Yellow Lies: Decoding The Myths About Jaundice
Jaundice is a yellowing of the skin and eyes caused by an excess of bilirubin in the body. Bilirubin, the yellow pigment produced during the breakdown of red blood cells, is normally processed by the liver and excreted in the bile. Impaired liver function is the most common cause of jaundice.
This condition is characterised by yellowing of the skin and eyes, dark urine, pale stools, and itching that can be caused by a number of conditions, including liver disease, gallstones, and certain medications. It may also be brought on by an underlying medical condition, such as cancer or an infection.
It is a common condition that affects many people, but there is a lot of misinformation out there about it. In this blog, we will explore the myths and facts about jaundice, so you can make informed decisions about your health. So let’s get started!
Common Myths and Facts About Jaundice
Myth 1: Jaundice is contagious.
Fact: No, jaundice itself is not contagious. Jaundice is caused by an excess of bilirubin in the bloodstream and is a symptom of an underlying medical condition such as liver disease.
However, the underlying medical condition that causes jaundice can be contagious. For example, hepatitis A, B, and C are all contagious viral infections that can cause jaundice. Other contagious illnesses that can cause jaundice include mononucleosis, malaria, and cytomegalovirus. Furthermore, some newborns develop jaundice as a result of an immature liver, which is not contagious.
Myth 2: Jaundice is always serious.
Fact: While jaundice can be a sign of a serious medical condition, it is not always serious. In some cases, jaundice can be caused by a minor infection or other benign condition, while in other cases it may be a sign of a more serious medical condition such as liver disease, gallstones, or cancer.
However, if you or someone you know is experiencing jaundice, it is critical to seek medical attention because it can be a sign of a serious medical condition that requires treatment.
Jaundice presents with symptoms such as yellowing of the skin and eyes, dark urine, pale stools, and itchy skin.
Myth 3: Jaundice patients should only consume bland, boiled foods.
While bland, boiled foods may be easier to digest, jaundice patients should also consume a balanced diet that includes fruits, vegetables, and lean proteins.
When a person has jaundice, their body is unable to process and eliminate toxins as efficiently as it normally would. As a result, it is important for jaundice patients to consume foods that are low in fat, high in carbohydrates, and easy to digest.
Myth 4: Jaundice is caused by eating too much junk or fatty food.
Fact: Jaundice is not caused by consuming an excessive amount of junk or fatty food. It is a condition caused by an excess of the yellow pigment bilirubin in the blood, which is produced by the breakdown of red blood cells. It can be caused by a number of conditions, including liver disease, certain medications, and infections.
However, eating a diet high in unhealthy foods can result in other health problems, like obesity, which increases the risk of developing jaundice.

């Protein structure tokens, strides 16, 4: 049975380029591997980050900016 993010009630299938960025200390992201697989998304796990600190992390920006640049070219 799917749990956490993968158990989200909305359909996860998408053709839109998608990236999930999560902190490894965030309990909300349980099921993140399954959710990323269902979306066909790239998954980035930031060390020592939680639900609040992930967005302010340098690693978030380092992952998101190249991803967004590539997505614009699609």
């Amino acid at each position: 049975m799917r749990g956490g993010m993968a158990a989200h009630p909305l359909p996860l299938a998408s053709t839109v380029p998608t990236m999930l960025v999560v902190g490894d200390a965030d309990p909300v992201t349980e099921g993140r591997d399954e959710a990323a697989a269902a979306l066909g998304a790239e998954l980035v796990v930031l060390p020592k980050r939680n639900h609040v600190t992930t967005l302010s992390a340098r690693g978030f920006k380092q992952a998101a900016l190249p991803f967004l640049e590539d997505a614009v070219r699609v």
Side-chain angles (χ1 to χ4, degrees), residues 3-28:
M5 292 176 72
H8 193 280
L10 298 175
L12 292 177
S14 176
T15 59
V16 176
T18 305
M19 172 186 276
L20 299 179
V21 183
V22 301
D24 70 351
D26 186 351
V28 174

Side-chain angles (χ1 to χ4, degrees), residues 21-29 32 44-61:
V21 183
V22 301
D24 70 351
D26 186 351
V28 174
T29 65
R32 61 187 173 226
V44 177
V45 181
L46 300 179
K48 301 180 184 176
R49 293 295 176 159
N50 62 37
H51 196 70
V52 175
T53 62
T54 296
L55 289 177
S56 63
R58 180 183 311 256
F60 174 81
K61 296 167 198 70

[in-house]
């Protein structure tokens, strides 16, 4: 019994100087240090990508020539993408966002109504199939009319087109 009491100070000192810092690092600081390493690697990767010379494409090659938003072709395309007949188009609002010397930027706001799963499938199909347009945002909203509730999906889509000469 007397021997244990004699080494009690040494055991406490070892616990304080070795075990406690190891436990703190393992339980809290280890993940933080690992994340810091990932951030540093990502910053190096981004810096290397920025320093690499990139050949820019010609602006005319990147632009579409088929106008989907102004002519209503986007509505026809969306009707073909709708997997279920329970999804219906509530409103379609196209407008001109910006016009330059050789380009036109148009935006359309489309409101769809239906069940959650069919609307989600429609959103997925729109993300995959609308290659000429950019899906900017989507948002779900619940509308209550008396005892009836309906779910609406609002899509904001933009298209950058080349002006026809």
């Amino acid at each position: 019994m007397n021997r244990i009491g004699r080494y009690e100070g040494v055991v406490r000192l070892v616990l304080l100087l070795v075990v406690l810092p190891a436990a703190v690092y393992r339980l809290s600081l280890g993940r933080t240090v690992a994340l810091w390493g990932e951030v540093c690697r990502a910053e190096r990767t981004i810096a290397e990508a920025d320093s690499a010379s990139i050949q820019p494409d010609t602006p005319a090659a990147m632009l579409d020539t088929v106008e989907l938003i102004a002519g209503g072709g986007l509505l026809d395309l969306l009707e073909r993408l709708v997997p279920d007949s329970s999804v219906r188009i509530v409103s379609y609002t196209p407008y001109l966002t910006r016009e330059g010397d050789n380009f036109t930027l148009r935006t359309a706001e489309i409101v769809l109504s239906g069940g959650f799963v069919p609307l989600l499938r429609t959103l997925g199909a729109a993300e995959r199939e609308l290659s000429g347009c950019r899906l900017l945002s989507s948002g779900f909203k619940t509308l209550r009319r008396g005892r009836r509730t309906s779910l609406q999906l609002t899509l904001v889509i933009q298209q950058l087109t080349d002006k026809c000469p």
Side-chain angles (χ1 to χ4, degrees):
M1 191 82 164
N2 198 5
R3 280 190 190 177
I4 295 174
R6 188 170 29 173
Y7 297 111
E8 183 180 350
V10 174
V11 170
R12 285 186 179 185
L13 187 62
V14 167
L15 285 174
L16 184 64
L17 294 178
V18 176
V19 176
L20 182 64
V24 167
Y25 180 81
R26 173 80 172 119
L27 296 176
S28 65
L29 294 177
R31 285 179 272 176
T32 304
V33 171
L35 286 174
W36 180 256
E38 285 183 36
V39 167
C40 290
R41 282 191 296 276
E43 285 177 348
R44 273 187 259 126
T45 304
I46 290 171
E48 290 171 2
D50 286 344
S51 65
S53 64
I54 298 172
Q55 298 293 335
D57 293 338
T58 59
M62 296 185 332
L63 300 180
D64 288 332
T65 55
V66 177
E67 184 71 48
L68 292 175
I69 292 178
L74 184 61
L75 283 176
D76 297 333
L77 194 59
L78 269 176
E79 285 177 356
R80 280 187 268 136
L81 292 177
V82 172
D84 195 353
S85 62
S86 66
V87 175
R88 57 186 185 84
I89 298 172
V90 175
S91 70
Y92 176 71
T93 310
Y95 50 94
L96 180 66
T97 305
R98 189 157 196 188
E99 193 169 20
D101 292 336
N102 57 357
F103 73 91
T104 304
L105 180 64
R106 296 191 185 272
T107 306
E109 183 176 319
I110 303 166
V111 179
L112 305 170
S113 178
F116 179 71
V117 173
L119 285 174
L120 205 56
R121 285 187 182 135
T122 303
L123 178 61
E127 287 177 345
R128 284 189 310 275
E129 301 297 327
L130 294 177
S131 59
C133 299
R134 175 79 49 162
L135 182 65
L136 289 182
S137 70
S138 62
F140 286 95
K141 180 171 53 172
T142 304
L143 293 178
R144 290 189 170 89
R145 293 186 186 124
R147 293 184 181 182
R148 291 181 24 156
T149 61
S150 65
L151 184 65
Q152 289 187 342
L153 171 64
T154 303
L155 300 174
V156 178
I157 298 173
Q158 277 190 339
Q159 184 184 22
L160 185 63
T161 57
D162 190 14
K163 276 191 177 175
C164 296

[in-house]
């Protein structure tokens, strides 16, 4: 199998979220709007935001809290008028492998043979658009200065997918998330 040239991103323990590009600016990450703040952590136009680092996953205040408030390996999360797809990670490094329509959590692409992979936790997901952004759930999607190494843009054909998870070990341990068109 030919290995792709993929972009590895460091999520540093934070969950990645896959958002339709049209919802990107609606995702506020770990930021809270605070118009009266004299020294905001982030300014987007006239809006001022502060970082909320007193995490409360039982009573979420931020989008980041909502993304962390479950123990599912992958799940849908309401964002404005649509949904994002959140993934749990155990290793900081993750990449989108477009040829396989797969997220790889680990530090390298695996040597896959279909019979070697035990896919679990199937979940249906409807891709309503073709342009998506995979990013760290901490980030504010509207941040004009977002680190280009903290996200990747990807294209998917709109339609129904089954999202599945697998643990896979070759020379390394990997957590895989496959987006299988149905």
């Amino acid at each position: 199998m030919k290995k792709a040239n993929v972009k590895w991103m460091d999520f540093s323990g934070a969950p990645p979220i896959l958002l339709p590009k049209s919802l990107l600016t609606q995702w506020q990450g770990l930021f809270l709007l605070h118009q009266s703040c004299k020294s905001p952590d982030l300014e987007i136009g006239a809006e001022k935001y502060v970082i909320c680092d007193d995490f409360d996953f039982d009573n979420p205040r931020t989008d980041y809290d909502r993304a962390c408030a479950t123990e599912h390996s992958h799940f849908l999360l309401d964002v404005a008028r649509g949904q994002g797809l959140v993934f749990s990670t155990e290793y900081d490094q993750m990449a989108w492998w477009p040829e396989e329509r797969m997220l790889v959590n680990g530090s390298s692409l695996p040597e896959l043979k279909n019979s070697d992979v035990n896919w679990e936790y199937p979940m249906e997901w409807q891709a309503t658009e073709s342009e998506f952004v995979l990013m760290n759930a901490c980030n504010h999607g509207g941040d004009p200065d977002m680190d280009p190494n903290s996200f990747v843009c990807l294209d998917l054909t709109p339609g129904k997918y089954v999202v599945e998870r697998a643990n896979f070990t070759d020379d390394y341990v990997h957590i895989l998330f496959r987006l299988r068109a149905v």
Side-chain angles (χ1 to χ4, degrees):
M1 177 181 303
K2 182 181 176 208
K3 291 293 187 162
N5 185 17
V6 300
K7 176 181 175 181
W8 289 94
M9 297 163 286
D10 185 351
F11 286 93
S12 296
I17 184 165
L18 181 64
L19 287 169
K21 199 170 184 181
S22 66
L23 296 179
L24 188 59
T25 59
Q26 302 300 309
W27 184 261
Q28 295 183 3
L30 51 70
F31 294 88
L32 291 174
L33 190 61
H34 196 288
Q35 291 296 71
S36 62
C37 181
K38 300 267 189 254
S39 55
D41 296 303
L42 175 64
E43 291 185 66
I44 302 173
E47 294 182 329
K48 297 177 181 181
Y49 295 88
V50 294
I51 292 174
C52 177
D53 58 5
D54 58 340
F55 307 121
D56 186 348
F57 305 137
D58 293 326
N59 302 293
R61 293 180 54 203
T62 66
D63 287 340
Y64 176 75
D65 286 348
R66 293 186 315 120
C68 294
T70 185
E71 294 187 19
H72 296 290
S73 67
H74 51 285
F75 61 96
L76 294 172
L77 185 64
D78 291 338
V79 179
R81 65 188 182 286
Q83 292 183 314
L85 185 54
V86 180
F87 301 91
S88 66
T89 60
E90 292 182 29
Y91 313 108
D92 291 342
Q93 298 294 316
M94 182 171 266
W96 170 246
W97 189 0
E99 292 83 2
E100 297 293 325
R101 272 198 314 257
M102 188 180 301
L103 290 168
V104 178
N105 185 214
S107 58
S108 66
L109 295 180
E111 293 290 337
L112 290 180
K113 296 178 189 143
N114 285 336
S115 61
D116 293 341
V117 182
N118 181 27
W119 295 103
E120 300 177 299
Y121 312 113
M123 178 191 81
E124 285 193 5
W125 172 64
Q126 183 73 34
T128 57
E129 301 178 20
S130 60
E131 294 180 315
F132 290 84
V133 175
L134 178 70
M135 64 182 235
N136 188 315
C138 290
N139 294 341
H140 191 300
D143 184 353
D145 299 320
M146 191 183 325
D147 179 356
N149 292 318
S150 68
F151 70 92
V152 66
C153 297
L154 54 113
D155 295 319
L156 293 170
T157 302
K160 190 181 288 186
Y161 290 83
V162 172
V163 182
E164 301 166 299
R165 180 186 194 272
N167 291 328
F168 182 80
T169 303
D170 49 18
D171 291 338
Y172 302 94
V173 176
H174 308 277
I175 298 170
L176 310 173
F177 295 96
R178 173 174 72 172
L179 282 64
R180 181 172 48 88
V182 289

Myth 5: Consuming alcohol with food does not result in jaundice.
Fact: While alcohol consumption with food does not directly cause jaundice, it can be a contributing factor. Alcohol can damage the liver, the organ responsible for breaking down and eliminating toxins from the body. When the liver is damaged, it can lead to a buildup of toxins in the body, which can cause jaundice.
Additionally, alcohol can interfere with the body’s ability to absorb certain vitamins and minerals, which can also lead to jaundice.
Myth 6: Jaundice can be cured with home remedies.
Fact: Jaundice cannot be cured with home remedies. Although home remedies can help relieve some of the symptoms of jaundice, such as fatigue, nausea, and itching, they cannot cure the condition.
If you suspect you have jaundice, it is important to seek medical attention as soon as possible. Your doctor will be able to diagnose the condition and provide the appropriate treatment.
Myth 7: It is safe to drink alcohol immediately after recovering from jaundice.
Fact: Alcohol consumption can impair the body’s ability to process bilirubin, exacerbating the jaundice. It can also interfere with the body’s ability to absorb nutrients, which can further weaken the body and delay recovery. Therefore, it is important to refrain from consuming alcohol until the jaundice has been treated completely.
Furthermore, after recovery, it is critical to consume alcohol in moderation and with caution, as alcohol can have a negative impact on the body even after the jaundice has been treated. Hence, it is crucial to drink responsibly and be aware of any potential risks related to alcohol use.
In conclusion, jaundice is a common condition that can affect newborns and adults alike. While there are many myths surrounding jaundice, it is important to understand the facts in order to properly diagnose and treat the condition. With proper medical care, jaundice can be managed and treated effectively.
- Is Jaundice Contagious?
- Adult Jaundice
- Everything you need to know about jaundice
- Jaundice in Adults
About Author –
Dr. Adi Rakesh Kumar, Consultant Gastroenterologist,Therapeutic Endoscopist & Endosonologist, Yashoda Hospitals, Secunderabad
M.B.B.S, M.D., DM (Gastroenterology)